Its first performance in Duluth was at an event called Rhythm and Hues, a show held for Martin Luther King Jr. Day. Through this exposure, she began receiving invitations to perform at other events, including a Black Students Association event and a soul food dinner at the University of Minnesota Duluth. With more visibility, she received more invitations to perform at events highlighting social justice. His music generally focuses on themes such as liberation, darkness, and social justice.
In 2020, she signed on as a “creative” (artist) with DanSan Creatives, an organization that fosters a positive creative community through storytelling arts and collaborative work. This turned out to be an important point in Diona’s career as it opened many doors for her.
Diona has been on quite the journey.
Diona performs a variety of music, including funk, neo-soul, R&B and jazz. She is currently the lead singer of a band called AfroGeode and the Gemstones. AfroGeode is the artist name of Diona. In 2021, she was asked to headline the Duluth Superior Pride Festival. She sought out other BIPOC and queer musicians like her and collaborated with them for this performance.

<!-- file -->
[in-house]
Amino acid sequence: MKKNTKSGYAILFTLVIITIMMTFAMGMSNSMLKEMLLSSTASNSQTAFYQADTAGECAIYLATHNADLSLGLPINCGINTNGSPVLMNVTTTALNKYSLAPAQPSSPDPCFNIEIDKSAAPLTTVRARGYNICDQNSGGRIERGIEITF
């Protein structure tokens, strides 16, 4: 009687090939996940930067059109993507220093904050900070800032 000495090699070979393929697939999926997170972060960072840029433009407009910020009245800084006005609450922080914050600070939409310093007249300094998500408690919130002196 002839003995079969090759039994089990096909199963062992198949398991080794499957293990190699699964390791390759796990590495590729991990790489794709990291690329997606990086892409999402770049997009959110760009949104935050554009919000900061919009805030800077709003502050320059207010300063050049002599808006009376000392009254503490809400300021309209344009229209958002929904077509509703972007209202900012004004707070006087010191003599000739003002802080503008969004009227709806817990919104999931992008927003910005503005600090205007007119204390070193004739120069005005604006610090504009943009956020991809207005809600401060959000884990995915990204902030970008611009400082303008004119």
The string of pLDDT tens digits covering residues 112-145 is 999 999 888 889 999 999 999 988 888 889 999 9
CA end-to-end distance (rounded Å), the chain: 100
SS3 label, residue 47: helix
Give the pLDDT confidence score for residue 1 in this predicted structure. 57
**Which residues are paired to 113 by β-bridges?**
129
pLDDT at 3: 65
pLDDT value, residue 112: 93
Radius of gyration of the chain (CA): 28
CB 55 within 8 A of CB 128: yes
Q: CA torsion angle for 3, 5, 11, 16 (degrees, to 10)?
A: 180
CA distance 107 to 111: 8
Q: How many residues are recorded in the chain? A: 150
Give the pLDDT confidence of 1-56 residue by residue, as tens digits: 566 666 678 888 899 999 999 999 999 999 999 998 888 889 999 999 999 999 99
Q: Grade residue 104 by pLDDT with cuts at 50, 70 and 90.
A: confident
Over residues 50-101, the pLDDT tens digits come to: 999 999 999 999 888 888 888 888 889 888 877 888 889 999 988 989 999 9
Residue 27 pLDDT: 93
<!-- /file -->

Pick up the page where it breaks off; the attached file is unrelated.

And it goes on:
“The performance at Pride went so well, we decided to stick together. It was amazing to be able to reunite with my people, my music people,” she says. And AfroGeode was born.
The group has done several shows, including Women of Punk & Funk, which honors women of color who pioneered these genres. The band performed pieces by artists like Erykah Badu, Betty Davis, Macy Gray and Betty LaVette. “A lot of our music definitely centers black voices in the music. It’s pretty intentional,” Diona says.